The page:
Choosing the right size server package—and choosing a package that can be scaled easily—are important decisions in any hosting purchase. Simply buying a server with enough CPU, RAM, I/O and disk space may not be enough for customers anticipating future growth or spikes in traffic. And upping the size and cost of a server package during (or even before) a traffic spike may not always be the smartest use of a company’s money and time.
A website on a fast server on a fast network is going to be fast until the server runs out of something: CPU, RAM or I/O, or something at the software resource level like inodes. The places within your hosting infrastructure where resources are depleted first are your “bottlenecks.”
But server specifications don’t cause the bottleneck. They are simply the place where a theoretical limit collides with a real-world application. The following is a list of the five areas of interaction that can lead to a slow-down in service:
Network capacity should be investigated before signing up for a hosting plan. Speed tests, network infrastructure specifications and consumer recommendations are great ways to learn about the network capacity of a web host.
Again, researching the plans that exceed your current needs—but could accommodate possible future needs—is an important step in choosing a host. A company that offers a variety of hosting plans as well as simple scaling between packages can help combat a bottleneck when (or before!) it arrives.
Traffic to the site
No one wants to intentionally limit traffic to a commercial site so there’s nothing to do about this variable but prepare for its rise.
Hosting customers are often unaware of the instability of some third-party software. What works well when hosted on a few sites with minimal traffic may bog a server down when scaled up. And customers should not rely on their web designers to choose wisely. Research the programs you are looking to install on your server.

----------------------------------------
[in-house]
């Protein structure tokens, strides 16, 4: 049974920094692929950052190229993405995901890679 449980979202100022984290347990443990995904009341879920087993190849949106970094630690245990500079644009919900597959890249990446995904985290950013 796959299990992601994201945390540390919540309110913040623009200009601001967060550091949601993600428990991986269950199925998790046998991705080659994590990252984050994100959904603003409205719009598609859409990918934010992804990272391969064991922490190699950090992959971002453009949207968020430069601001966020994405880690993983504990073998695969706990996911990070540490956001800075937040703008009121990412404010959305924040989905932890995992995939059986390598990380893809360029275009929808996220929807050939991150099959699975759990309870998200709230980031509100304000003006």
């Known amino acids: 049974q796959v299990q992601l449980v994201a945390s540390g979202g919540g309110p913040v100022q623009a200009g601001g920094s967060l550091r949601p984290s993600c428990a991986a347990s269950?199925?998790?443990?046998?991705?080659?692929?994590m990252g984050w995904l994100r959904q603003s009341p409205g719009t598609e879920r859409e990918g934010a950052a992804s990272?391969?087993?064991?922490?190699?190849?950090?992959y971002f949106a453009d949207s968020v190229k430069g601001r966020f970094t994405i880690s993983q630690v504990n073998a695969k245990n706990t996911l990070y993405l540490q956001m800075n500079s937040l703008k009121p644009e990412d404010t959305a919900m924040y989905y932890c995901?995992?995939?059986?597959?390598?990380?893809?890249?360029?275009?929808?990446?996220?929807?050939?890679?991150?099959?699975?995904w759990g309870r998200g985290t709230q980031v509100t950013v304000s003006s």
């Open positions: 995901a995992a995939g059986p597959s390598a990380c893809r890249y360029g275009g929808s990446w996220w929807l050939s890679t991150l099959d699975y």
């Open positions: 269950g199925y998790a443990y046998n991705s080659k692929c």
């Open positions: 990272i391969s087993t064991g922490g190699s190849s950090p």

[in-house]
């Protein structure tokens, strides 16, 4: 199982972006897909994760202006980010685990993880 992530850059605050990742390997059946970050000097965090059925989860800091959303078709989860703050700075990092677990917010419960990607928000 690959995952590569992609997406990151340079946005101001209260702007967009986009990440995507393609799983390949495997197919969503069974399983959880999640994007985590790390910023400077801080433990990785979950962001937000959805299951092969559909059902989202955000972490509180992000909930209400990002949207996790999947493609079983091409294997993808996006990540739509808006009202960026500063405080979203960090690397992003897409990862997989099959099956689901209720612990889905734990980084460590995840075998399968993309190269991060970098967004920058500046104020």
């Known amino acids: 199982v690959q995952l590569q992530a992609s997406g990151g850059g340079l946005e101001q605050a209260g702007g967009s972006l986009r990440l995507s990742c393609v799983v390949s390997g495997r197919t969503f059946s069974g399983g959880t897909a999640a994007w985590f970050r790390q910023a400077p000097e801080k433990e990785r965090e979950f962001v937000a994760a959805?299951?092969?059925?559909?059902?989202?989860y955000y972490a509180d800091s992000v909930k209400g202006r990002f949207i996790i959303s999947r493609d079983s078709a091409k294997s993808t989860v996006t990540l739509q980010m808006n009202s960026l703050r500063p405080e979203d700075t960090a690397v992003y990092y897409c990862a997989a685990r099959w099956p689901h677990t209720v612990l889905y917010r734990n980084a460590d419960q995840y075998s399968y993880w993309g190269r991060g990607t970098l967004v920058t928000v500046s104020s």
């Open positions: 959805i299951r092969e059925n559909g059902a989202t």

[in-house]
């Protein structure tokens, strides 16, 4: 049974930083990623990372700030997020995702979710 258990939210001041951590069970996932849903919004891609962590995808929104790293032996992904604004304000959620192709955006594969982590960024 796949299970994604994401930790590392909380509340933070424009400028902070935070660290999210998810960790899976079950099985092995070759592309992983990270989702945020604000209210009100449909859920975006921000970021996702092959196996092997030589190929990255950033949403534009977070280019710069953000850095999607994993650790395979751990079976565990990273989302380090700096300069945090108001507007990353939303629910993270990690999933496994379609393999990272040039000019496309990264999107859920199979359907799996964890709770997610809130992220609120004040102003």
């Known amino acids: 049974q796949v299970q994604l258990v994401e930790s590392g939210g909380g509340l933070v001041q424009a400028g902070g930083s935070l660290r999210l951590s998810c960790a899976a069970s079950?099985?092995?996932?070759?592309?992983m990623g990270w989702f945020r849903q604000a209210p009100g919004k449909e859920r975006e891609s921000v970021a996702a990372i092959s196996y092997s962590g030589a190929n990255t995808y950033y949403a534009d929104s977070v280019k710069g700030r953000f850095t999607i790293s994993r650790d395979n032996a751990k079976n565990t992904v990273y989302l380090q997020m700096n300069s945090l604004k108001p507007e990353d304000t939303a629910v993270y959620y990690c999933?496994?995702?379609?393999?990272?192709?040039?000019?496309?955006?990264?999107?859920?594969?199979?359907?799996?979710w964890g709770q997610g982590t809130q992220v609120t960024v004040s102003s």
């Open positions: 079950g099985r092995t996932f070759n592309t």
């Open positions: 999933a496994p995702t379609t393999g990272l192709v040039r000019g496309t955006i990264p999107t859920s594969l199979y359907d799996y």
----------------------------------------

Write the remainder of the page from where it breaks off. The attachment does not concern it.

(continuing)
Page design and custom coding of the site
Here is where the proverbial rubber meets the road. Webpage coding often has unintended consequences. What worked well on—and was designed for—a site with a few hundred hits per week, might perform very poorly (read: become a resource hog) as traffic rises.
This is not to say that site design and coding are always the cause of trouble. It’s the combination of user traffic and site design (coding and installed programs) that cause a bottleneck in a specific area of a server.
In theory, knowing what resource your site will run out of first as it grows in popularity, as well as the underlying cause of that resource usage, would be incredibly useful. The problem is, it’s very tough to do in reality.
Here’s an example: a while back we had a customer who called us in advance of a major event he was organizing. The company was releasing tickets to a series of shows they were putting together, and they knew that this online event was going to draw a major crowd. The customer asked to be upgraded to a larger server and we complied. We actually did more than comply—we did a needs assessment for him and chose the larger server by assessing the server load and scaling it up to meet the expected draw of the event. The company typically had around 100 people on their site simultaneously at any given time. They expected that to go to 30,000 or so. So we did some math for them and got them on to a server that should have more than compensated for a 300-fold traffic increase.